Even if you only casually follow food trends, you've likely noticed that we're currently in a boom of chain-restaurant "stunt" foods – started, arguably, by the bunless KFC Double Down a few years ago and best represented by the massively successful Doritos Locos Taco. The October issue of Wired magazine took a close look at the phenomenon and the enormous amount of research and development (not to mention social media analysis) that goes into each of these items.
Lately we've been hearing a lot about the craft soda trend. Brands like Izze and GuS have been giving consumers premium soda options for a while now, but in the last year or so, a new wave of hyperlocal artisanal makers has emerged on the scene. We currently have our eye on Genki-Su, a Portland-based brand that's still just $1000 short of their Kickstarter goal. Their sodas come in Japanese flavors like Yuzu and Shiso mint, and all feature an extra hit of tartness from Okinawan coconut vinegar.
In a world in which food trends are moving from the leading edge to the mainstream faster than ever before, it can pay for big brands to work with the little guy. Venerable New York landmark Murray's Cheese has had a successful partnership with Kroger supermarkets for several years now, and booming hamburger chain Shake Shack has just announced that they'll be using Dominique Ansel's cronuts for a new cronut "concrete."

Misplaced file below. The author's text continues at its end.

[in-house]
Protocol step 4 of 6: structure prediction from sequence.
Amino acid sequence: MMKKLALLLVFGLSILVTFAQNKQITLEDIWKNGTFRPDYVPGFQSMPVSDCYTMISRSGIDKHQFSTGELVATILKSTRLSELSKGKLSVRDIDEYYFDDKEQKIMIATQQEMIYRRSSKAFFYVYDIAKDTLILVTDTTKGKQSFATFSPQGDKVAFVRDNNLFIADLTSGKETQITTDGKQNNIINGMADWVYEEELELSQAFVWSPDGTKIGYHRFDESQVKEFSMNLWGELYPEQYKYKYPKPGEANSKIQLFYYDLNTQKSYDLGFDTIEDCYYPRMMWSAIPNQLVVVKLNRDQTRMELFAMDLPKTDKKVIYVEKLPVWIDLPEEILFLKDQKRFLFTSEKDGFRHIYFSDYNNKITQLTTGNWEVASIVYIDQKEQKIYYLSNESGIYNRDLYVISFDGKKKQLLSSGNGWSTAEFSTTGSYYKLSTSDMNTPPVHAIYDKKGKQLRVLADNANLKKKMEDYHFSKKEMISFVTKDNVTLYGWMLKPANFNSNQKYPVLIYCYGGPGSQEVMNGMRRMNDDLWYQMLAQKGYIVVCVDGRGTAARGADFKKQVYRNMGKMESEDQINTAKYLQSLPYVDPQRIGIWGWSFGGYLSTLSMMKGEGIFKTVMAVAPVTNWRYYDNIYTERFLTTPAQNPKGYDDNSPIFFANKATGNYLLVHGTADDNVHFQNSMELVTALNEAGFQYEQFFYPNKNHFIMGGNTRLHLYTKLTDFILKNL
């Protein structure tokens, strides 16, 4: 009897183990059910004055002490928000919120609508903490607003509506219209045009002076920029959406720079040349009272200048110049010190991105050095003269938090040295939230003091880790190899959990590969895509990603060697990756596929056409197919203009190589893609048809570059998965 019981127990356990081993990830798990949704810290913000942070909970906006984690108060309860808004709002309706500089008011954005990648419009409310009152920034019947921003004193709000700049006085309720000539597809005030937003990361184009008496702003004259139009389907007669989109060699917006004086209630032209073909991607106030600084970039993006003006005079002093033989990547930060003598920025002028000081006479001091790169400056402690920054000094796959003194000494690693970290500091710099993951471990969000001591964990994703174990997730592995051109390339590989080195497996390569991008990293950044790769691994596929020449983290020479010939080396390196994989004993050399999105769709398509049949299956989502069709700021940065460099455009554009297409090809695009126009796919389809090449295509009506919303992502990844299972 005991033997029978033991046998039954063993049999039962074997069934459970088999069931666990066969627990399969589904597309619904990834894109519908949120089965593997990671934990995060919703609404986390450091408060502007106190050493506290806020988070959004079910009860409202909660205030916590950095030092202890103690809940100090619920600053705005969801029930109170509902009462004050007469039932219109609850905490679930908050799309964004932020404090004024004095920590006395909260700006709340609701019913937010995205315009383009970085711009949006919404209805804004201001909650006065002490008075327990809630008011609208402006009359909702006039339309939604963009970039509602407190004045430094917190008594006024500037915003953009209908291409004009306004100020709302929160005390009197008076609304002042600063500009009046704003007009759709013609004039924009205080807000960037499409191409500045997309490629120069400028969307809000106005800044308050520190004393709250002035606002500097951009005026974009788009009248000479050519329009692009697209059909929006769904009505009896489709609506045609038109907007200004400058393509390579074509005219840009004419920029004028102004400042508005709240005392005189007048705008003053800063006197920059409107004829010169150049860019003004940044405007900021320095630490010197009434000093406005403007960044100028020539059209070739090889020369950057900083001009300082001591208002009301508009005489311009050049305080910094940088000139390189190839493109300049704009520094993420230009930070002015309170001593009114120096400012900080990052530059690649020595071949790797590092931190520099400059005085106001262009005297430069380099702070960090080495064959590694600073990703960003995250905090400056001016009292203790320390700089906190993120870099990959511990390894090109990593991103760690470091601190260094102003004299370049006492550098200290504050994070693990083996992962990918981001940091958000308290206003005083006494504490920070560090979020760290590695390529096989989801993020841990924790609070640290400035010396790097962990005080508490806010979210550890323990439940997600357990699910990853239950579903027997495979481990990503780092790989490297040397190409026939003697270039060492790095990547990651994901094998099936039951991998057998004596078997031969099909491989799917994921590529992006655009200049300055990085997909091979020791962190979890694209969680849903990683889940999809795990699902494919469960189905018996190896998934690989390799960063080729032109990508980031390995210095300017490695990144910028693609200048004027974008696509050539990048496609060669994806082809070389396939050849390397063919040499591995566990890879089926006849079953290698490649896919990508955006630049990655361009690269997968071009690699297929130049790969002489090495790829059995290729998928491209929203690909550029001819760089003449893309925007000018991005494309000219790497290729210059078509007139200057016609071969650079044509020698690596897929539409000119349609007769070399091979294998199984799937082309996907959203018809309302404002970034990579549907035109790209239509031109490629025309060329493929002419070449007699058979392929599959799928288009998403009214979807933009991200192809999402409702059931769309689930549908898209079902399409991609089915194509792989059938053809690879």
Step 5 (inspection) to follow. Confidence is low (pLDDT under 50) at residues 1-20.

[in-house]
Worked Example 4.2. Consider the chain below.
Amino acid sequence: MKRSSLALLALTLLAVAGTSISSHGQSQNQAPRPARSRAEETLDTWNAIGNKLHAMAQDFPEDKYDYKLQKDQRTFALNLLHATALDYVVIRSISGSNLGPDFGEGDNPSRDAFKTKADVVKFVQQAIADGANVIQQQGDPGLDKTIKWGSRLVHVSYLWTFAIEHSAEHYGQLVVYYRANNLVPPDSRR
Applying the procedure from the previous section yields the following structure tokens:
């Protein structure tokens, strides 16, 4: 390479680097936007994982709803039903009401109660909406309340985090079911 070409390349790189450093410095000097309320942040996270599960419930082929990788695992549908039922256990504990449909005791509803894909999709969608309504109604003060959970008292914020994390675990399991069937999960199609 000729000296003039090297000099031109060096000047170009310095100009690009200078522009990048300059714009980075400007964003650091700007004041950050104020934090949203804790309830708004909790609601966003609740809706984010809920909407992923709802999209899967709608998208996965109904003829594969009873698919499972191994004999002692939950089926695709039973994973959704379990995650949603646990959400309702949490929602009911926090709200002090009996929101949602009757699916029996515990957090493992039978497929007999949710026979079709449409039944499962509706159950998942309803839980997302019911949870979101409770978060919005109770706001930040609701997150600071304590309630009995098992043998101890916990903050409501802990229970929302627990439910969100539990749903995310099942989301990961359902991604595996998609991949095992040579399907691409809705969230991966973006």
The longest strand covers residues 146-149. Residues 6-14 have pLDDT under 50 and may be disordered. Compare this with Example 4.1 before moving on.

Readers of a certain age will likely remember the 1973 film Soylent Green, in which the inhabitants of a polluted, overcrowded world subsist on a mysterious food known only as Soylent Green. And even if you haven't seen the movie, you likely know how that turned out.
Google has a longstanding tradition of naming each new iteration of its Android operating system after a dessert. We've seen Jellybean, Cupcake and even Froyo over the years – but the software giant is shaking it up a bit with the new Android 4.4, codenamed.... KitKat!
In the last decade, we've seen the Community Supported Agriculture concept move from the hippie fringe to the urban mainstream. CSAs have become synonymous with DIY culture, the farm-to-table movement, and the urban hipster.
Project 7 is an attempt to use the force of consumerism to affect positive change in the world. The brainchild of entrepreneur, Tyler Merrick, Project 7 is built on the idea that if people are going to buy things… and they are… there should be a way that at least part of the price could be diverted to making life better for people around the globe.
It's been a busy week for beer can designs. Budweiser just announced a new can that mirrors their signature bow-tie logo, and hopefully gives drinkers a better grip, but craft brewer Sly Fox may have just done them one better. They've adopted the "360 Lid," which takes the conventional pull-tab and expands it to encompass the entire top of the can.